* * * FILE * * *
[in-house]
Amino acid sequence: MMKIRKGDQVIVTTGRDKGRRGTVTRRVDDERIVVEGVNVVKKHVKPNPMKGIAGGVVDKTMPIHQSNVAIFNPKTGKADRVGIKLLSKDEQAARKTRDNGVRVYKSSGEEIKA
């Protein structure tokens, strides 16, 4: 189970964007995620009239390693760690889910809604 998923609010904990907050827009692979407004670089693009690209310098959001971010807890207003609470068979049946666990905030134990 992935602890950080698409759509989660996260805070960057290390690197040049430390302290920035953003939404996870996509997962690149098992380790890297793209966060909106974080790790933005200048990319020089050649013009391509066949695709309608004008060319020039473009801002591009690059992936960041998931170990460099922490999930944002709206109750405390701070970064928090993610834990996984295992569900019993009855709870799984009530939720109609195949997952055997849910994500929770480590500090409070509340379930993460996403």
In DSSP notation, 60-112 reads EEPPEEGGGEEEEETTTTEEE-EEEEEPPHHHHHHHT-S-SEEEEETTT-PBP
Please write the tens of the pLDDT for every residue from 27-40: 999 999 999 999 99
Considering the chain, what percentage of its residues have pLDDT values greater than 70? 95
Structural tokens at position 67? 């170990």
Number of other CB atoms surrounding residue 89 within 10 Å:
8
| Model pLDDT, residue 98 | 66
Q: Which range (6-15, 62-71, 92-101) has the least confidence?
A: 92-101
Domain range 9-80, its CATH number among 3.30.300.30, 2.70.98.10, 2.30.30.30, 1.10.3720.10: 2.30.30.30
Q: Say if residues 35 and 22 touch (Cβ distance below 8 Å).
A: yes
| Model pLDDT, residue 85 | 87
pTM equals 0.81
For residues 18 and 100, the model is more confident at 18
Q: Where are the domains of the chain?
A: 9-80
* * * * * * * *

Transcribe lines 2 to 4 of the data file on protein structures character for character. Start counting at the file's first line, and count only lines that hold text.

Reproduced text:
Amino acid sequence: MMKIRKGDQVIVTTGRDKGRRGTVTRRVDDERIVVEGVNVVKKHVKPNPMKGIAGGVVDKTMPIHQSNVAIFNPKTGKADRVGIKLLSKDEQAARKTRDNGVRVYKSSGEEIKA
């Protein structure tokens, strides 16, 4: 189970964007995620009239390693760690889910809604 998923609010904990907050827009692979407004670089693009690209310098959001971010807890207003609470068979049946666990905030134990 992935602890950080698409759509989660996260805070960057290390690197040049430390302290920035953003939404996870996509997962690149098992380790890297793209966060909106974080790790933005200048990319020089050649013009391509066949695709309608004008060319020039473009801002591009690059992936960041998931170990460099922490999930944002709206109750405390701070970064928090993610834990996984295992569900019993009855709870799984009530939720109609195949997952055997849910994500929770480590500090409070509340379930993460996403």
In DSSP notation, 60-112 reads EEPPEEGGGEEEEETTTTEEE-EEEEEPPHHHHHHHT-S-SEEEEETTT-PBP